are highly crystallized in structure and the entire diffraction peaks match well with Bragg reflections of the pure orthorhombic phase of V2O5 nanoparticles, which is consistent with the standard JCPDS No.41-1426 (space group Pmmn) [17] [18] . However, for x > 0% an additional diffraction shoulder peak around 26.77˚, partially overlapping with the V2O5 (110) peak (2θ = 26.39˚), originates from the (002) diffraction of the graphite. The intensity of the later peak increases linearly when x increases from 5 to 25% and its position corresponds to ~ 31 nm (according to the relation: λ/(2∙sinθ, θ = 26.39˚) spacing between atomic planes [19] . Also, the XRD spectra show a weak peak at 54.8˚ which corresponds to the (004) reflection of the graphite. It can be noticed that the graphite (002) peak position shifts to the lower angles for x = 5% and to higher angles for x = 10%. This can be related to the amount of oxygen functional groups formed between the platelets of the graphite. From the XRD measurements, no additional phases related to structural defects can be detected, while orthorhombic V2O5 can be detected after ball milling of V2O5 and GNP. Small shift in peak positions of V2O5 after doping by GNP was observed which confirm change in (001) interlayer spacing. The crystallite size (τ) of the investigated samples (V2O5)1−x(GNP)x nano-composites (where x = 0, 5, 10, 15, 20 and 25 %wt GNP) can be calculated using the first sphere approximation of Debye-Scherrer formula [20] τ = K l/βcosθ, where K is the shape factor, λ is the X-ray wavelength, β is the line broadening at half the maximum intensity in radians, and θ is the Bragg angle. Using this formula, crystallite dimensions of about 30 nm could be calculated from the high intense peaks. Figure 4(a), shows the current voltage (I&V) characteristics of (V2O5)1−x(GNP)x nano-composite. Generally, the current increases linearly with increasing voltage obeying Ohm law. The dc conductivity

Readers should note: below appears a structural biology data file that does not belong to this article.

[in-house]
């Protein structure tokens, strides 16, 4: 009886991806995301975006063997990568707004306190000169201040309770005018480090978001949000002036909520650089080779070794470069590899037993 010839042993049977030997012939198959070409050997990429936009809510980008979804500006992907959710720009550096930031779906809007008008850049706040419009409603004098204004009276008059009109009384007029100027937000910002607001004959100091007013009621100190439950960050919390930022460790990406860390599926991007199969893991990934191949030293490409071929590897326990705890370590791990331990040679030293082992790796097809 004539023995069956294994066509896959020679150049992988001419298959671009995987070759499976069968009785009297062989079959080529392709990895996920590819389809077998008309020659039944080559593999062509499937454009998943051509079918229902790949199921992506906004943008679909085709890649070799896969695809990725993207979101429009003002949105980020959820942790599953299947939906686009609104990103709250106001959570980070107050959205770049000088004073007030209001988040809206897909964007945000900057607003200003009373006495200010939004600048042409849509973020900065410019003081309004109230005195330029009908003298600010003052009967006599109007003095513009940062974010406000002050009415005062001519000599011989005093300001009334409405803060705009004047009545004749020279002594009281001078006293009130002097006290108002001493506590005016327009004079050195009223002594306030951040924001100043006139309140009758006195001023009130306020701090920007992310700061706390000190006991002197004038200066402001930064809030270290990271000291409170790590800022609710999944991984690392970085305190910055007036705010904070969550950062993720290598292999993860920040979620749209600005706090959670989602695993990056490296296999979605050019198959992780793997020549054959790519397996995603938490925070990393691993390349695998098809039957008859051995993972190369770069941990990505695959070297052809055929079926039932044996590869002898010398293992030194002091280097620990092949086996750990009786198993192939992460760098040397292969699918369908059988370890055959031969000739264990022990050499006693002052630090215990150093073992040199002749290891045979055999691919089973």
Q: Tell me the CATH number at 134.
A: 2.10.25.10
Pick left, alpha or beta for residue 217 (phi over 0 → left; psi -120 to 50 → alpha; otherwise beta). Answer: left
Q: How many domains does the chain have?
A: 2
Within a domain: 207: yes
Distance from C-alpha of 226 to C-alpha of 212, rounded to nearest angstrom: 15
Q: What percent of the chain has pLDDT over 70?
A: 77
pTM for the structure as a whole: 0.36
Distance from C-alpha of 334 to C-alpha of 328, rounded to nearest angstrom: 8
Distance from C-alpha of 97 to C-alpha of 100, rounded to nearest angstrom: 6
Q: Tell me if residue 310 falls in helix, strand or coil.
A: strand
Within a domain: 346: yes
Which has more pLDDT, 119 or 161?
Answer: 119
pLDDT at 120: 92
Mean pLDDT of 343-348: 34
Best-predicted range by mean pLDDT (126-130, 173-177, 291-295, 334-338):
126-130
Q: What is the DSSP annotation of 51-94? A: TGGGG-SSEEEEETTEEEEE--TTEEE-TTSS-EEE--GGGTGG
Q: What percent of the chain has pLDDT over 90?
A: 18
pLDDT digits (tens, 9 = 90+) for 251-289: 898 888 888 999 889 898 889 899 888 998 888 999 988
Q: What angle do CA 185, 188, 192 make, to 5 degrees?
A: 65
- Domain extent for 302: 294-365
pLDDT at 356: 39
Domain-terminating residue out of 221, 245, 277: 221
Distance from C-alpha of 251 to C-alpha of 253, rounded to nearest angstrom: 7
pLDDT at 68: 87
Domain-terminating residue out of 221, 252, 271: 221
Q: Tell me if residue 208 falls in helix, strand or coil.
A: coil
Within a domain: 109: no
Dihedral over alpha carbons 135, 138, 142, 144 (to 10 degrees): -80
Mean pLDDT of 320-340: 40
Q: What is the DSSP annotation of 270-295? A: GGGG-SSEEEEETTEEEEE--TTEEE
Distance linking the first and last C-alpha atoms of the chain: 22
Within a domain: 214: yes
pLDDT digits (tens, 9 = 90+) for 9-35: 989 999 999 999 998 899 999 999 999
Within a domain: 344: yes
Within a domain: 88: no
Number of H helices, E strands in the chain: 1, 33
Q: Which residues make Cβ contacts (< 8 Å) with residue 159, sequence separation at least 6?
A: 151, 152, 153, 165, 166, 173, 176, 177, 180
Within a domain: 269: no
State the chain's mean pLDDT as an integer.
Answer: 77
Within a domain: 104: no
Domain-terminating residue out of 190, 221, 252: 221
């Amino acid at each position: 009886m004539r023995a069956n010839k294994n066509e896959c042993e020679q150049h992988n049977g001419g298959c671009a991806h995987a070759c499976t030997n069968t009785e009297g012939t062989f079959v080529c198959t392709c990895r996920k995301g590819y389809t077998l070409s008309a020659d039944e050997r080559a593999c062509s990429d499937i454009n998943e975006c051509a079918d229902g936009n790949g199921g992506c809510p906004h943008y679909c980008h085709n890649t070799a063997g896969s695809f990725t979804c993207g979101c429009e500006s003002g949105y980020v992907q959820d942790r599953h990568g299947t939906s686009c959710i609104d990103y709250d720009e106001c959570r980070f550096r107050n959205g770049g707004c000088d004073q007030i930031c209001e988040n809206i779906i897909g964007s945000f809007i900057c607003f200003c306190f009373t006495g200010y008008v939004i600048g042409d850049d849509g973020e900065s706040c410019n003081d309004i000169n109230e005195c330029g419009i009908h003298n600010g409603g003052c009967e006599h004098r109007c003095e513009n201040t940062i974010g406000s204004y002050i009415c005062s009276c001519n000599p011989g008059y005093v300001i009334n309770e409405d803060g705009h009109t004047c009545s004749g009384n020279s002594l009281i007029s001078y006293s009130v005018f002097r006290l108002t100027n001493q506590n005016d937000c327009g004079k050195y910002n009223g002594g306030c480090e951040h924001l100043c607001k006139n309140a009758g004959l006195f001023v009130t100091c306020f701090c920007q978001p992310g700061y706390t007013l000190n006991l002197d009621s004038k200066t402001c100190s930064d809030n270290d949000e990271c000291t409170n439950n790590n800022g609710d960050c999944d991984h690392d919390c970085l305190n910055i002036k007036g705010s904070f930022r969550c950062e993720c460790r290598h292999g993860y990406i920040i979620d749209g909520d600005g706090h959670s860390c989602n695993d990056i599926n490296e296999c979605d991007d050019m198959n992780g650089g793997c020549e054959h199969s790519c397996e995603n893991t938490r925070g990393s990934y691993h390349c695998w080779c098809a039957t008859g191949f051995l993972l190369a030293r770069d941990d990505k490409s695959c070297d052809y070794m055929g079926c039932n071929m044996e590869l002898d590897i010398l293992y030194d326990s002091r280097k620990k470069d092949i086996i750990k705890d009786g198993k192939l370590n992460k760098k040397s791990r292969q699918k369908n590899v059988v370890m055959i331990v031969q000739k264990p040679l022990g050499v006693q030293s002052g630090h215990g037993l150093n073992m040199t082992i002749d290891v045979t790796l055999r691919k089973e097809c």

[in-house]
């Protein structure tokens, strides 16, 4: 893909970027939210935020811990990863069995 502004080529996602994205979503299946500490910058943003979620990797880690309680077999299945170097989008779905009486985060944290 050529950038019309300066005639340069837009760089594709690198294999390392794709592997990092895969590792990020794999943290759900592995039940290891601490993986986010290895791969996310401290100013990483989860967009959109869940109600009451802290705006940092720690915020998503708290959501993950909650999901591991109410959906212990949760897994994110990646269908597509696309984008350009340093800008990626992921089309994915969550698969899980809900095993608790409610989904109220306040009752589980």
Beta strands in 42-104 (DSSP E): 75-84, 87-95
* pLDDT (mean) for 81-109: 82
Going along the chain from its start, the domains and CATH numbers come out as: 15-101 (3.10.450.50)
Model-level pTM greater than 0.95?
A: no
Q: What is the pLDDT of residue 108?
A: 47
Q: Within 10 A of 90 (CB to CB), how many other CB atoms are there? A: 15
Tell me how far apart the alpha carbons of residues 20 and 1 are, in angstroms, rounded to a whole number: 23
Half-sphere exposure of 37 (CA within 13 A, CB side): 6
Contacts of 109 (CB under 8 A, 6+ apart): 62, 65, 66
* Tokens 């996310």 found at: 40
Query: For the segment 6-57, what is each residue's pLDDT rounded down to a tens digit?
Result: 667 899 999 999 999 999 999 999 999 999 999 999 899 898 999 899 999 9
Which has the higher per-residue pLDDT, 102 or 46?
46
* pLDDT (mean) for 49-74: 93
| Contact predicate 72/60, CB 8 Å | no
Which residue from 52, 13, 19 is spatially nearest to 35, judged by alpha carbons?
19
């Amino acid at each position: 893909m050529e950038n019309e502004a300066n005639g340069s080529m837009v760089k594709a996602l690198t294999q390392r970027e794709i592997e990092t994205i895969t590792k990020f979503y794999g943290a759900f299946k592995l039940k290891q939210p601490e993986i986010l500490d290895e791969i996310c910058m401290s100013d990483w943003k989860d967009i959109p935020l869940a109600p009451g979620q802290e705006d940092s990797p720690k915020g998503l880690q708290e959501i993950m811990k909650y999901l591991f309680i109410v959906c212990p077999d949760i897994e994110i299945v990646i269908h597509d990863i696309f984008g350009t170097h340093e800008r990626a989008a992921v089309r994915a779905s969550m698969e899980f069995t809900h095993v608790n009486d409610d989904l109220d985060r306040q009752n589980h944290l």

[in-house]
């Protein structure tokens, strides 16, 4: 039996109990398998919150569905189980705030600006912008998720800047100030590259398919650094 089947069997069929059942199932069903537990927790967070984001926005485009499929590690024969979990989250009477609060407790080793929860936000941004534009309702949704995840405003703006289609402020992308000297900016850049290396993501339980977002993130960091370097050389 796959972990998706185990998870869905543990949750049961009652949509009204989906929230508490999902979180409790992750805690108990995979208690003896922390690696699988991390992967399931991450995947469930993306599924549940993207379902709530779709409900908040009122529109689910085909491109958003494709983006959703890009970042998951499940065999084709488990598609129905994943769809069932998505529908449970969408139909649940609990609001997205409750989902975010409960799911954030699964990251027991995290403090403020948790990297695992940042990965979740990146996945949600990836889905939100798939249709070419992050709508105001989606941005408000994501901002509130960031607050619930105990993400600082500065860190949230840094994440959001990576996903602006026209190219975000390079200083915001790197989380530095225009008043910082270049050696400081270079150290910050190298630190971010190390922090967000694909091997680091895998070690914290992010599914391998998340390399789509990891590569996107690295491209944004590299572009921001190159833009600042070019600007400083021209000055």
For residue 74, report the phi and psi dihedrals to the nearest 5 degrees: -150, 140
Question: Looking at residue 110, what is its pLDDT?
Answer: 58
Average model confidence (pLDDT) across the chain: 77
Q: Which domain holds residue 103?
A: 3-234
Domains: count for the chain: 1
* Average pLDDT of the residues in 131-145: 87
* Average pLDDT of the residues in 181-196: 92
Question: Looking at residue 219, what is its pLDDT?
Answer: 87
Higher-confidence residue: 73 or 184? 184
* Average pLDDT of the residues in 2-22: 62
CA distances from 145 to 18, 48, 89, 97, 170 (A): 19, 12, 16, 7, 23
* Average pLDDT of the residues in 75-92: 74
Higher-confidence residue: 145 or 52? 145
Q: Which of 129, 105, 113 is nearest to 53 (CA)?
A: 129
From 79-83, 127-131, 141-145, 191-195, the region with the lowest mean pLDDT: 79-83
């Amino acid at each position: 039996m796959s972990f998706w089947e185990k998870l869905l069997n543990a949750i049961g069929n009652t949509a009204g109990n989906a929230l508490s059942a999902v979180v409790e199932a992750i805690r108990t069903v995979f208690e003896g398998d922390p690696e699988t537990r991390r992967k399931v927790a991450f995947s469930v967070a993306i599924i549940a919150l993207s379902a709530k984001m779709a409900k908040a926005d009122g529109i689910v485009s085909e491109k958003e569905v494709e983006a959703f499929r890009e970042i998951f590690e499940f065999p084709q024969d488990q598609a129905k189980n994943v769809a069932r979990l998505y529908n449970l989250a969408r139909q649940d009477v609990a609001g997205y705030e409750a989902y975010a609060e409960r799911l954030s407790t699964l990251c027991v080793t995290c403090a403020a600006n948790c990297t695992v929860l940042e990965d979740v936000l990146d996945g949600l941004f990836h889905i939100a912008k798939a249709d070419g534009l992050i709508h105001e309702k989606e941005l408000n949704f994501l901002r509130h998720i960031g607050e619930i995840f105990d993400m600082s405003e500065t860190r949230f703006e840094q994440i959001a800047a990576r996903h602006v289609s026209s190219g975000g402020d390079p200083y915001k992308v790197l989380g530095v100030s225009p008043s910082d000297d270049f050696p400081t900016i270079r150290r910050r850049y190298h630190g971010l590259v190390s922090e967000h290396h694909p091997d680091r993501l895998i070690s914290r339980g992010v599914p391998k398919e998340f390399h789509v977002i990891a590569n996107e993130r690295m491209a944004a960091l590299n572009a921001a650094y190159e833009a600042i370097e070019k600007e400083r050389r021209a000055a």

was calculated using the equation: [21] , where t is the thickness of the

sample and A is the surface area of the sample. The value of the resistivity R was measured from the slopes of the straight lines in ohmic region I α V Figure 4(a), The effect of graphene content on the dc conductivity σdc of (V2O5)1−x(GNP)x is shown in Figure 4(b). The dc conductivity of the composites exhibits insulator behavior for pure V2O5 recording ~10 × 10−6 S/m, whereas semiconductor behavior for low graphene content up to x = 10 wt% was recorded. The electrical conductivity increased as the content of graphene was close to percolation threshold up to x = 5 wt%. Above the percolation threshold σdc was found to increases exponentially before it reach to the saturated point (x = 10 wt%) which may be attributed to the formation of filler network and the composites may reach to the metallic behavior. This behavior can be described according to the percolation theory as the following power relation [22] ,

where is the conductivity of conducting component, is the volume fraction of Graphene, is the critical volume fraction or percolation threshold, and the exponent t reflects the dimensionality of the system and has been calculated to be either 1.3 or 2.0 corresponding to two or three dimensions, respectively [23] . Figure 4(b) (inset) shows a fitting of percolation equation for (V2O5)1−x(GNP)x composites. The exponent t was found to be about 1.4. This result confirms that the GNP nanoparticles are not located on the surface of the host material matrix particles, but it coordinated in the V2O5 crystal structure and the formation of graphene three dimensional network will enhancement.

Cyclic voltammetry and discharge curve

Figure 5(a) shows the schematic of the cell configuration of the Mg V2O5 cells in this study. The activity of V2O5 and V2O5-graphene nanocomposite for hosting Mg+2 ions was evaluated using cyclic voltammetry (CV) and galvanostatic discharge-charge techniques. Figure 5(b), shows the CV results obtained from 2.5 to 0 V using V2O5 and V2O5-graphene nanocomposite as a working electrode in a three-electrode cell employing magnesium metal as the counter and reference electrode at a scan rate of 0.05 mV s−1. Although GNP succeeded to increase conductivity of V2O5, it failed to increase